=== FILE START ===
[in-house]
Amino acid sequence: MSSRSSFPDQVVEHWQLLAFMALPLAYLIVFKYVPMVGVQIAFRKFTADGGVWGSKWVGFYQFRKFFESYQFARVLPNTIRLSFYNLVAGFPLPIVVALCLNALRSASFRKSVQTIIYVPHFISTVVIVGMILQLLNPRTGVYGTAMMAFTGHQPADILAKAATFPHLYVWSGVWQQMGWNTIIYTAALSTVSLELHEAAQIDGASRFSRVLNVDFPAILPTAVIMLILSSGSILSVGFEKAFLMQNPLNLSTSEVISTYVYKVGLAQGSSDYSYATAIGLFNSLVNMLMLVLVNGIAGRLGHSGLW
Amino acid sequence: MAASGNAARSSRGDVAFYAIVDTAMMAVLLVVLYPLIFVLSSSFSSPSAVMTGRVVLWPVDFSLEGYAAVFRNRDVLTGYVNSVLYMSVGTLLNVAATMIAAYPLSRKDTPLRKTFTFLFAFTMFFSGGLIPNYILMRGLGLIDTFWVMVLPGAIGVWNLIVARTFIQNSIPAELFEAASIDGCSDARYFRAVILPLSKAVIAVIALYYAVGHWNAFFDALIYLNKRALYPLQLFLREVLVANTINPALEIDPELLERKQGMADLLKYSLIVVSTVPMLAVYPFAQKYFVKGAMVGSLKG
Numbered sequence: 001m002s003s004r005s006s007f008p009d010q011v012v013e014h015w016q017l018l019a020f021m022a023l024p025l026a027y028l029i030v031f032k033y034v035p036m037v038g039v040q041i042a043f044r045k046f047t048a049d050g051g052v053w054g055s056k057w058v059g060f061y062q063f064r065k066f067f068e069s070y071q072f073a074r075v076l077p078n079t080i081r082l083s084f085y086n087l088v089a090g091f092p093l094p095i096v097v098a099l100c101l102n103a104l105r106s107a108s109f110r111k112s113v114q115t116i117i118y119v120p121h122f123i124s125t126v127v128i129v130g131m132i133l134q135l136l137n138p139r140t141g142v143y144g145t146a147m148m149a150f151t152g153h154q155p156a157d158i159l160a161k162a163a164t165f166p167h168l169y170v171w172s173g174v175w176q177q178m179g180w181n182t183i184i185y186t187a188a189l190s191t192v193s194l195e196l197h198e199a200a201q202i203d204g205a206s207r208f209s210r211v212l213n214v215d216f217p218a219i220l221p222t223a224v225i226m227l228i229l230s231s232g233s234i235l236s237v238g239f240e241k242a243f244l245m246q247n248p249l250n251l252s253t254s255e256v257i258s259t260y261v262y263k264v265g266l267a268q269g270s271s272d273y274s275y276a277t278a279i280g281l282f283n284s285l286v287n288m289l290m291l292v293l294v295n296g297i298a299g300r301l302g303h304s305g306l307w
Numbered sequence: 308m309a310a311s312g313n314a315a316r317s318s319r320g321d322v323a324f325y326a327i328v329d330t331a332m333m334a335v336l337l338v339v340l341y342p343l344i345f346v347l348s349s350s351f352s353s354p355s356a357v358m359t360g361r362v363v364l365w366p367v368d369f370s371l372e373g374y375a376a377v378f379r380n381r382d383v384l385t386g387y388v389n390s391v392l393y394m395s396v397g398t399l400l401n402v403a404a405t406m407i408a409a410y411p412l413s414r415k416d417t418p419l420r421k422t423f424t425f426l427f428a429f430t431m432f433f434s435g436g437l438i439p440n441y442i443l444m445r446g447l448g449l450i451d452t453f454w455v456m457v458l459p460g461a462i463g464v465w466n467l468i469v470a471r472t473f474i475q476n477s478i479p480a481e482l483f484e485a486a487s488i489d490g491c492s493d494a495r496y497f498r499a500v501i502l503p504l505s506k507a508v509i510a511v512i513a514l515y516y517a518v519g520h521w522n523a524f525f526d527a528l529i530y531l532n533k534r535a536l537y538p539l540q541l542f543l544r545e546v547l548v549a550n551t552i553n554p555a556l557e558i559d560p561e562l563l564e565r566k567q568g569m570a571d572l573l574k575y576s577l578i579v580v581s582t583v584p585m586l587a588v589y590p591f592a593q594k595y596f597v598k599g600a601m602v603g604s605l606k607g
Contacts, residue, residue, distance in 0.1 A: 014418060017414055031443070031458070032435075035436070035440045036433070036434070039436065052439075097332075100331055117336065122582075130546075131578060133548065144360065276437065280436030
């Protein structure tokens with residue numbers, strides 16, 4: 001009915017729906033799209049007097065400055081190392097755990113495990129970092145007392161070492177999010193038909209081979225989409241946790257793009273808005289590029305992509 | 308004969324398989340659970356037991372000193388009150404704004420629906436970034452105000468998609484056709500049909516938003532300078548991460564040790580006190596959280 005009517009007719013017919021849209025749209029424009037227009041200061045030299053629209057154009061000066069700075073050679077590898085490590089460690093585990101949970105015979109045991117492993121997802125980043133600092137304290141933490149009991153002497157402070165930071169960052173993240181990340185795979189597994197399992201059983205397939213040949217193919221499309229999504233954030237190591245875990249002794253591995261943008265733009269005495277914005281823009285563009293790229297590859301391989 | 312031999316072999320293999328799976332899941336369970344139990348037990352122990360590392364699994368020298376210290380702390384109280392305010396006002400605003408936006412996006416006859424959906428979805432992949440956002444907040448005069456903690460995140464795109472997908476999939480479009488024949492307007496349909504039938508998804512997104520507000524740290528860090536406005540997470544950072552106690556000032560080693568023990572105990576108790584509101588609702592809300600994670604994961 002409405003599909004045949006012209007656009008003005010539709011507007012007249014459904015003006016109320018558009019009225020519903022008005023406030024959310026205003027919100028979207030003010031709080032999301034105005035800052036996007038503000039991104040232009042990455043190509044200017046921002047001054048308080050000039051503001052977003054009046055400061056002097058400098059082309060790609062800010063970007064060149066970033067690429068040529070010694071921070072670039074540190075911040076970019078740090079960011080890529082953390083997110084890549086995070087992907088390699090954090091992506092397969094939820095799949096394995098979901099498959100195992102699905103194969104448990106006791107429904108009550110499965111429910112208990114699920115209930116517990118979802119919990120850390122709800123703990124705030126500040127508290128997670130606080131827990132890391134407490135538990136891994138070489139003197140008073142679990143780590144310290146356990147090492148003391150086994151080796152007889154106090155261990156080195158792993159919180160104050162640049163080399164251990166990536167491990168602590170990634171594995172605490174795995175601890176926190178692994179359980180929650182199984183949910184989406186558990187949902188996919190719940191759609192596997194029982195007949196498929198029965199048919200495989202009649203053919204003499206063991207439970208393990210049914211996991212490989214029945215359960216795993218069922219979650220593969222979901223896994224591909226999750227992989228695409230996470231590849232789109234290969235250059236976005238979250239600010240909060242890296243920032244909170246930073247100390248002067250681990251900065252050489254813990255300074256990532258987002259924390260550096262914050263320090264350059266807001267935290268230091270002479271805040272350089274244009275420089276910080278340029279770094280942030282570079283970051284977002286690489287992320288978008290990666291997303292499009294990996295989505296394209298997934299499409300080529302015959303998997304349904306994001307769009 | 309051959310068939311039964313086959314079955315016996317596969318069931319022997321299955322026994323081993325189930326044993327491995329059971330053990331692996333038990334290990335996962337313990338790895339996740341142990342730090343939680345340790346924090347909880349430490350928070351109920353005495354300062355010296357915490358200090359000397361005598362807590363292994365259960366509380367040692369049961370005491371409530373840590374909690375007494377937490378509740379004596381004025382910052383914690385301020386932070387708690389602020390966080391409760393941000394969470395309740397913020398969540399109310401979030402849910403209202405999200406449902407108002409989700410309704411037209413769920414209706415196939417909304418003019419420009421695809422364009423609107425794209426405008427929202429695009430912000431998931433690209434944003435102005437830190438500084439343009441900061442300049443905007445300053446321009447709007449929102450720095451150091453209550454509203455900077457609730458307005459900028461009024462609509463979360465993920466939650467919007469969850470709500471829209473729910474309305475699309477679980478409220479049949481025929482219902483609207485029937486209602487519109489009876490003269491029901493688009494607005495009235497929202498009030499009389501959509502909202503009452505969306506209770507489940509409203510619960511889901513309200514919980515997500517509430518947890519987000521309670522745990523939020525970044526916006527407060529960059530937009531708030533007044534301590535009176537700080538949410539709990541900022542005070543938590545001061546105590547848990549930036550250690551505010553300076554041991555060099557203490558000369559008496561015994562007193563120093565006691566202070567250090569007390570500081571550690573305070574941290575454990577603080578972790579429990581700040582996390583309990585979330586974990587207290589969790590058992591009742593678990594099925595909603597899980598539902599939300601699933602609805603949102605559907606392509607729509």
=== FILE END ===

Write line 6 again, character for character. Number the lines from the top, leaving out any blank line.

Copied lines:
Contacts, residue, residue, distance in 0.1 A: 014418060017414055031443070031458070032435075035436070035440045036433070036434070039436065052439075097332075100331055117336065122582075130546075131578060133548065144360065276437065280436030